What Does Mr Knightley see in Emma?





Emma is possibly Jane Austen’s least-liked heroine, vying only with Fanny Price for the title. Readers who dislike her cite her arrogance and busybody tendencies, and some see her as nothing more than a spoiled young adult who hurts innocent characters like Miss Bates and Harriet Smith. Even Jane Austen said she thought no one but her would like Emma. And over and over I’ve heard readers comment, “What on earth does Mr. Knightley see in Emma?”

The usual answer to this is that Emma does have a kind heart, both toward her father and toward the poor (the text specifically says, “Emma was very compassionate”). Furthermore, she shows herself capable of remorse and change. But I think there’s a further reason that Mr. Knightley loves her: they have more in common than just their socioeconomic level and the community they live in.

From various interchanges throughout the book, we see that they share a sense of humour. Can anyone argue the Emma would not be the most amused of the group in Miss Bates’ parlour when Miss Bates praises Emma and Churchill’s dancing to Mr. Knightley, who is outside the window:

“Oh! very delightful indeed; I can say nothing less, for I suppose Miss Woodhouse and Mr. Frank Churchill are hearing every thing that passes. And (raising his voice still more) I do not see why Miss Fairfax should not be mentioned too. I think Miss Fairfax dances very well; and Mrs. Weston is the very best country-dance player, without exception, in England. Now, if your friends have any gratitude, they will say something pretty loud about you and me in return; but I cannot stay to hear it.” (Chapter 28)

Emma and Mr. Knightley also share intelligence, and often comprehend what the other is thinking.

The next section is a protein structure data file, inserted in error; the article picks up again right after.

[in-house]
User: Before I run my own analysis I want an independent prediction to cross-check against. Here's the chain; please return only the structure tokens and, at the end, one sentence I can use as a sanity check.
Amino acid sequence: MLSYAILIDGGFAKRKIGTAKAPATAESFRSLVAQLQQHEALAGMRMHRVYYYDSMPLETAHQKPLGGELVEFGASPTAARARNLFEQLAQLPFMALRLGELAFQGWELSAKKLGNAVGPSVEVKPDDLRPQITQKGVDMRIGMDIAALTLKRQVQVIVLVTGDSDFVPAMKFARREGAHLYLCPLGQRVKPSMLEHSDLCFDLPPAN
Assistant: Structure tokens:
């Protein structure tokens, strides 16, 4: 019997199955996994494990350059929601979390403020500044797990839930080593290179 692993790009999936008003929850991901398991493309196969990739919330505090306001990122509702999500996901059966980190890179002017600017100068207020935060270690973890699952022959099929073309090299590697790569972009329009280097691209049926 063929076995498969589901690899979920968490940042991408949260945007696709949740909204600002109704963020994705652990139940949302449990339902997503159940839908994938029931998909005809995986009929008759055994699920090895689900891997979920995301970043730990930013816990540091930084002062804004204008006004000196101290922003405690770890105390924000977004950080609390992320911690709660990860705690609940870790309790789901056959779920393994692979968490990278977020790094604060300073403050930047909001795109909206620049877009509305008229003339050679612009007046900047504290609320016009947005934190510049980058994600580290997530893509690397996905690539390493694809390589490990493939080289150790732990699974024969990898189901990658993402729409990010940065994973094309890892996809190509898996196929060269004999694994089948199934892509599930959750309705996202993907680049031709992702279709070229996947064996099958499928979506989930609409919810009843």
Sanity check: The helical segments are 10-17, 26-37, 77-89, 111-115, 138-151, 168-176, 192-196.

“No,” said Mr. Knightley, nearly at the same time; “you are not often deficient; not often deficient either in manner or comprehension. I think you understand me, therefore.”

    An arch look expressed — “I understand you well enough;” (Chapter 21)

* * *

“There is my news: — I thought it would interest you,” said Mr. Knightley, with a smile which implied a conviction of some part of what had passed between them. (Chapter 21)

* * *

Furthermore, Emma and Mr. Knightley work together in social situations to help keep others calm and prevent turmoil. In Chapter 12 of Emma, Emma’s sister and brother-in-law come to Hartfield and Mr. Knightley joins them for dinner. As Mr. Woodhouse, Isabella and John converse, Emma and Mr. Knightley take turns tactfully steering the conversation away from dangerous subjects that will alarm Mr. Woodhouse or raise the ire of John.

And then there’s this overlooked scene: when the Westons give their dinner party on Christmas Eve, the group is thrown into chaos by the threat of bad weather.

…while the others were variously arguing and recommending, Mr. Knightley and Emma settled it in a few brief sentences: thus —

    “Your father will not be easy; why do not you go?”

    “I am ready, if the others are.”

    “Shall I ring the bell?”

    “Yes, do.”

(Chapter 15)

It’s a quick moment—one that I didn’t really notice until I wrote the scene from Mr. Knightley’s perspective in Charity Envieth Not. Then it struck me how well the two of them work together. I thought I’d share with you the way I imagined Mr. Knightley experienced that dinner party at Randalls—the one where Mr. Elton’s are finally revealed to Emma and where Mr. Woodhouse is terrified by the appearance of snow.

* * *

When the ladies had withdrawn after dinner, John and Elton moved from the further end of the table to join the other men.